Critical angle wave propagation measurements were taken at atmospheric pressure on slate and Green River shale pressure on slate and Green River shale samples to study the effect of stratification on dynamic elastic rock properties. The rock samples were taken in 10 degrees increments, from 0 degrees to 90 degrees to the plane of cleavage or bedding.
Ultrasonic pulses with a frequency of approximately six megacycles per second were used to determine the velocity of dilatational and shear waves through rock samples immersed in a mineral oil bath.
Results indicate a considerable variation of elastic properties with orientation of the bedding or cleavage plane. Data for slate samples indicate general constant values of dynamic elastic properties for cleavage plane orientation properties for cleavage plane orientation angles from 20 degrees to 60 degrees. Anisotropy was indicated for orientation angles near parallel and near normal to the cleavage planes.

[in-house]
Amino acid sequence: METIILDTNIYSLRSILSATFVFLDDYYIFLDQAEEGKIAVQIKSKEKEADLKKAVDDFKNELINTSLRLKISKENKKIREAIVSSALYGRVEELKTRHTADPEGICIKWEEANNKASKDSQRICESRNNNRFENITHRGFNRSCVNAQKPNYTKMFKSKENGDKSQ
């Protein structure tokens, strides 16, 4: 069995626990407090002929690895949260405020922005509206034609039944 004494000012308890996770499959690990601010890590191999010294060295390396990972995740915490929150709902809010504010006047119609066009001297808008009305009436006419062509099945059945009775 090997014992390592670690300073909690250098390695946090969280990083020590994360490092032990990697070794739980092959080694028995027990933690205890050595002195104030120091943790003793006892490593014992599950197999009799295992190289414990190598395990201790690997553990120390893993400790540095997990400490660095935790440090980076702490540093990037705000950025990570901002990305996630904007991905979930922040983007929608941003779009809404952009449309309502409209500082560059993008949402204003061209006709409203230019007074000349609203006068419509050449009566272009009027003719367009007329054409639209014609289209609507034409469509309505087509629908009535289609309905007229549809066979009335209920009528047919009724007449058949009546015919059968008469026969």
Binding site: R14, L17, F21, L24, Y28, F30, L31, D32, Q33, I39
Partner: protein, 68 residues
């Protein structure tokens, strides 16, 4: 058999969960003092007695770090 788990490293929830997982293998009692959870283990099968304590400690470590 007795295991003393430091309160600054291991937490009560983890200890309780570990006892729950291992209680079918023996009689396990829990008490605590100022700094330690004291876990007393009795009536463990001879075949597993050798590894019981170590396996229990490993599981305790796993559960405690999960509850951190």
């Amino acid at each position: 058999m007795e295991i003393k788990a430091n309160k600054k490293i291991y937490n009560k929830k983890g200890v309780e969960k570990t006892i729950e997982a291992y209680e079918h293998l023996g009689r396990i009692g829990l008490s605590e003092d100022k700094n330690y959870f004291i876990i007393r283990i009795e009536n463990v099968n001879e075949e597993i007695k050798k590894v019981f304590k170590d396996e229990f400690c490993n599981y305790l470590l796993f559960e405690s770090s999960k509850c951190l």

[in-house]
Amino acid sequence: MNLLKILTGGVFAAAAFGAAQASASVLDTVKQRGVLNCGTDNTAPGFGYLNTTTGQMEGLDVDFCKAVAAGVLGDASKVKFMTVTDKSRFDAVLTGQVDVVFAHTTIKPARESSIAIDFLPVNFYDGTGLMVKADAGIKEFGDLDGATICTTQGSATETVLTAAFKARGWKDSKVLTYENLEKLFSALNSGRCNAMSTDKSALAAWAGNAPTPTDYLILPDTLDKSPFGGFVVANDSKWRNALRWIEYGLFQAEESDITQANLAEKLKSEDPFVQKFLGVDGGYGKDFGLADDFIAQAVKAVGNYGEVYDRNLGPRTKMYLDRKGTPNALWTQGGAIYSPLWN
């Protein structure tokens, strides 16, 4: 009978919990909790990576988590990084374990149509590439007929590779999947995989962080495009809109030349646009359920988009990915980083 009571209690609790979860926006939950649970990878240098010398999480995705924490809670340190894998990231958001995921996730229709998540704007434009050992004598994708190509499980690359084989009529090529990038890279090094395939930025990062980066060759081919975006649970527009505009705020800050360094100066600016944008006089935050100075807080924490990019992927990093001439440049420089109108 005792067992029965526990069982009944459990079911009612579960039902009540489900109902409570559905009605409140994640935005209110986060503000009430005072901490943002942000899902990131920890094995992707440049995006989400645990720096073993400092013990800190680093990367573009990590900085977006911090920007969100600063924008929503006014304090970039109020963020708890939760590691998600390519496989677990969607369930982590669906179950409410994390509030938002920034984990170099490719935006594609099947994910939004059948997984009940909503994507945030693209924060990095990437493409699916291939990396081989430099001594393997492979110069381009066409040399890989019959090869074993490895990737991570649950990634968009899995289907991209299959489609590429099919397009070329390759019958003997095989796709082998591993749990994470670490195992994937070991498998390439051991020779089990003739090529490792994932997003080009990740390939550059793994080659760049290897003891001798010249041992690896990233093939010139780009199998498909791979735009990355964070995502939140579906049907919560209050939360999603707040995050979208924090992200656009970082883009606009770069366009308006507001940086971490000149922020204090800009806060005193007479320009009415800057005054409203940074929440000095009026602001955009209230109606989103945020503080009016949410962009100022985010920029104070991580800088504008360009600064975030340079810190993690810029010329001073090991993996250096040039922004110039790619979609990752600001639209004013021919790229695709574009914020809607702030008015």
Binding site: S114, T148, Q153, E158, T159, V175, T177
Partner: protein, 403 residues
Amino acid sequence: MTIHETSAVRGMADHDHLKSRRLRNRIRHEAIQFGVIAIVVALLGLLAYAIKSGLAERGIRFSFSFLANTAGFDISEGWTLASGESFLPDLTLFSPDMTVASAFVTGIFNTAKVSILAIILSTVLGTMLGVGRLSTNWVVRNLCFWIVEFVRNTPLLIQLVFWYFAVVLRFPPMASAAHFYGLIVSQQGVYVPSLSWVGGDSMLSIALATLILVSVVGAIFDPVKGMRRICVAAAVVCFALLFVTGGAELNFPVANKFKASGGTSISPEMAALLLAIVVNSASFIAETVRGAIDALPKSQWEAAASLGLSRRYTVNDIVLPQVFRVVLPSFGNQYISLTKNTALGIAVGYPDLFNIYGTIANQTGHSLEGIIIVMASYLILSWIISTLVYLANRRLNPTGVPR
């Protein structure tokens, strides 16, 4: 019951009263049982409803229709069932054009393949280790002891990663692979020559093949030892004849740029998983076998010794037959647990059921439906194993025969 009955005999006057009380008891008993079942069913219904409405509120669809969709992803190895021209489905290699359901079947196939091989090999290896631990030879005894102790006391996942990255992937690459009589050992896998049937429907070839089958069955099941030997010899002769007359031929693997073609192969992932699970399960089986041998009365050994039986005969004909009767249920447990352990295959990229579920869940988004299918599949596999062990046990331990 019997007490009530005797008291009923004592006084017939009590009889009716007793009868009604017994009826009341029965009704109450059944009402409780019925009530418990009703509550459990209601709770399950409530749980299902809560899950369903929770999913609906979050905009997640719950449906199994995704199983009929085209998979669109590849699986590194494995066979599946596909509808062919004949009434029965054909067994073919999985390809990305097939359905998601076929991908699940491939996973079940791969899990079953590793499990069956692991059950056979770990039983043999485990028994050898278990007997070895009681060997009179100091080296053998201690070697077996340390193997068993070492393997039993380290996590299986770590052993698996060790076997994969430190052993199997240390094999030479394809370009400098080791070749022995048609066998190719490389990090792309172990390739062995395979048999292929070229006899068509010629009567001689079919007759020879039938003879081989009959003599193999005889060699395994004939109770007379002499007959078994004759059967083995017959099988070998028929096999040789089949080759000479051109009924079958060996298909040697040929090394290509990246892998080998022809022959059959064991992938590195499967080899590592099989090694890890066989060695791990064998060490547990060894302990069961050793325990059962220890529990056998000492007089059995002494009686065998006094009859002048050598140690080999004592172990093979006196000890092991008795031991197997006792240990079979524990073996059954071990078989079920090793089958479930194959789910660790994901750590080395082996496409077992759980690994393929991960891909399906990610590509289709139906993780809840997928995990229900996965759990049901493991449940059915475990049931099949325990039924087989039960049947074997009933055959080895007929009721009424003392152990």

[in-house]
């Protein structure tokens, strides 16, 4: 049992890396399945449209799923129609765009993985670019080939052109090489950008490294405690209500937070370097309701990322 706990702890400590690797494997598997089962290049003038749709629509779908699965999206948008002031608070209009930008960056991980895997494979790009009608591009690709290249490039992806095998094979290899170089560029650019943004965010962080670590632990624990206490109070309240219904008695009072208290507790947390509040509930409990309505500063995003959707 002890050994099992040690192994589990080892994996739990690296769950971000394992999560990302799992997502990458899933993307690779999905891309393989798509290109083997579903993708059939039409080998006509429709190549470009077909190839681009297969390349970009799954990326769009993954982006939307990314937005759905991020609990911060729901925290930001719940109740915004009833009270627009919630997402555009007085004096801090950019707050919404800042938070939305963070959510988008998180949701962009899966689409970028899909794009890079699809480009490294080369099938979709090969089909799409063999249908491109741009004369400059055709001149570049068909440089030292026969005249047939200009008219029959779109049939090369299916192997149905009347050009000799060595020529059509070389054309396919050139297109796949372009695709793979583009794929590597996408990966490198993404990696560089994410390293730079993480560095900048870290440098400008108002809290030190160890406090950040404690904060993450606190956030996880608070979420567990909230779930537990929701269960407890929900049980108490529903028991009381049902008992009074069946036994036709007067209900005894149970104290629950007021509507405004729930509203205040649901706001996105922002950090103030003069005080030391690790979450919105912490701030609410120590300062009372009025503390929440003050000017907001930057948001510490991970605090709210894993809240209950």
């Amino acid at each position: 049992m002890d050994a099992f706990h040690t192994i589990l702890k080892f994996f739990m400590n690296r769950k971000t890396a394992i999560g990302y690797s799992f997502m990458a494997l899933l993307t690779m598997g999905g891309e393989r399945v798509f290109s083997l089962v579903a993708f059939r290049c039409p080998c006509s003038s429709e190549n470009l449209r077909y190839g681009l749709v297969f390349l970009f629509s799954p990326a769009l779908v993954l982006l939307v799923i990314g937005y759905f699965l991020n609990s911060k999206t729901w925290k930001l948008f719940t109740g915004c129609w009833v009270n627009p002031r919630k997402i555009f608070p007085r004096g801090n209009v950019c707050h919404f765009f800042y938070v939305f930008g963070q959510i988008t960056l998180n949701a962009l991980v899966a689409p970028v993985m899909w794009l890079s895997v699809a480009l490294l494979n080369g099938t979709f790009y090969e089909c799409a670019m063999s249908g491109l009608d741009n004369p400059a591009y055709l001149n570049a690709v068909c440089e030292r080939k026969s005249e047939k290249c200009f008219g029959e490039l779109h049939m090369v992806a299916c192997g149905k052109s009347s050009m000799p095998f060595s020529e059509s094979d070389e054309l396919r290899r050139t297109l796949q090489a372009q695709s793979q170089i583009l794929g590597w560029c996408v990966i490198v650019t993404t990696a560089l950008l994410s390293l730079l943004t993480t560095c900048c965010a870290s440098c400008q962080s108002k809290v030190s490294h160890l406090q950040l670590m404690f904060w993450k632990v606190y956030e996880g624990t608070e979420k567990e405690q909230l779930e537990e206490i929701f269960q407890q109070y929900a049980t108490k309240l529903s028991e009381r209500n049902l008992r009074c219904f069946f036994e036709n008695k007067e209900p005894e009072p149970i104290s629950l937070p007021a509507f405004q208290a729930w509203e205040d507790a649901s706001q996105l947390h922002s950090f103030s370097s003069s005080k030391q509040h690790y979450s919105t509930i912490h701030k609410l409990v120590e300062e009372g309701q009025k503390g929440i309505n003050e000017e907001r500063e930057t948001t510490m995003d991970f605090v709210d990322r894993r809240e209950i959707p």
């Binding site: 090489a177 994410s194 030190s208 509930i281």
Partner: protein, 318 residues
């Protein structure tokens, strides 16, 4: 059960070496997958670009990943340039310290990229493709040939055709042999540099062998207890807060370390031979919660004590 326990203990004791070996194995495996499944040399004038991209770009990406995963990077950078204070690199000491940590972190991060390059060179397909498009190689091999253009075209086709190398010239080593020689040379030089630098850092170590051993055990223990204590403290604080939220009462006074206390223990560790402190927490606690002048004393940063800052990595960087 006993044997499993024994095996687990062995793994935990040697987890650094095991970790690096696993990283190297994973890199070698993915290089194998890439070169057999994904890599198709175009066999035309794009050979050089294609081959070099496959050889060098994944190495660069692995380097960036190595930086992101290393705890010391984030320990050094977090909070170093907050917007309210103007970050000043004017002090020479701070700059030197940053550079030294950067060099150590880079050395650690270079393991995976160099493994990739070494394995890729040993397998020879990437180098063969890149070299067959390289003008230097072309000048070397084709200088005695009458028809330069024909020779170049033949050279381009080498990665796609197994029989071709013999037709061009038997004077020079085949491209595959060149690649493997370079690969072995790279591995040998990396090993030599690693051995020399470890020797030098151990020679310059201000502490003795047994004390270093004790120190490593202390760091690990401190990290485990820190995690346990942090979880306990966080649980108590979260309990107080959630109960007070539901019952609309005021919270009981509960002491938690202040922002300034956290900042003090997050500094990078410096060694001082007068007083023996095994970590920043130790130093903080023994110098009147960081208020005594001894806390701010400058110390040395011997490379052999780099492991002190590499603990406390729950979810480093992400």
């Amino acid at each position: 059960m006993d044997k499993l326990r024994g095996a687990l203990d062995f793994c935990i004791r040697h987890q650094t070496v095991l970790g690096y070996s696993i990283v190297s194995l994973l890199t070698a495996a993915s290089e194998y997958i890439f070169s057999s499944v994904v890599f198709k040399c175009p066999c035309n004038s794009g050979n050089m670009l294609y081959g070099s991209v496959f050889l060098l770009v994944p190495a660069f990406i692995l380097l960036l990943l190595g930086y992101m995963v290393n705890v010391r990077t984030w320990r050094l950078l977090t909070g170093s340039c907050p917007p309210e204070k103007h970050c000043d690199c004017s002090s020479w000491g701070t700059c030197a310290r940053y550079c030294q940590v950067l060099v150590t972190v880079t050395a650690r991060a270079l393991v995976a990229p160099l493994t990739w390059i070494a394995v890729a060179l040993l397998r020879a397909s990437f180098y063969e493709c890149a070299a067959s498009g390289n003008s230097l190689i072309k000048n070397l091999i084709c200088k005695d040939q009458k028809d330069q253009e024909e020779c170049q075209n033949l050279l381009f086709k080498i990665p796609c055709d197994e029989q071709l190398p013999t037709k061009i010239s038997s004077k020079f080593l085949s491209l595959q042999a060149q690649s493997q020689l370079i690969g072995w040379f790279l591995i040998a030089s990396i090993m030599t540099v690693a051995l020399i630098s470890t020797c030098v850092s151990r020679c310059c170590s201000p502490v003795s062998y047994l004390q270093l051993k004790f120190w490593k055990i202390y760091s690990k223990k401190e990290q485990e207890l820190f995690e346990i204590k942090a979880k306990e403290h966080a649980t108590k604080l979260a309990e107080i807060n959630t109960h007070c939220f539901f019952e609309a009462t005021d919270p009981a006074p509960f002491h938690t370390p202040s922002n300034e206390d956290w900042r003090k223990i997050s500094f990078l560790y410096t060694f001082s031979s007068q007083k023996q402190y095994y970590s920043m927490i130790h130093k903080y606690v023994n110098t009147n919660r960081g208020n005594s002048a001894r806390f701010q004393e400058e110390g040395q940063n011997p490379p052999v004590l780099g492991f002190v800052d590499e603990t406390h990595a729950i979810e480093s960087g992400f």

Green River shale lean in kerogen content exhibited a sharp change in values for elastic properties as orientation of the bedding planes increased from 0 degrees to 30 degrees. The measured rock properties continued to change, but at a lesser rate, as the bedding plane orientation increased from 30 degrees to 90 degrees.
Data for samples of Green River shale rich in kerogen content were so widely scattered for individual orientations that only general trends were evident. Generally, S-wave velocities and shear modulus values were higher for GRS-2 than GRS-1, while values for bulk modulus and Poisson's ratio were lower. Poisson's ratio were lower
The transmission of acoustic waves through a discontinuity surface has been studied both theoretically and experimentally by many investigators. Although the law of reflection for light waves was known to Euclid and that of refraction was discovered experimentally by Snell, Knott seems to have been the first to derive general equations for reflection and refraction of acoustic waves at a plane boundary.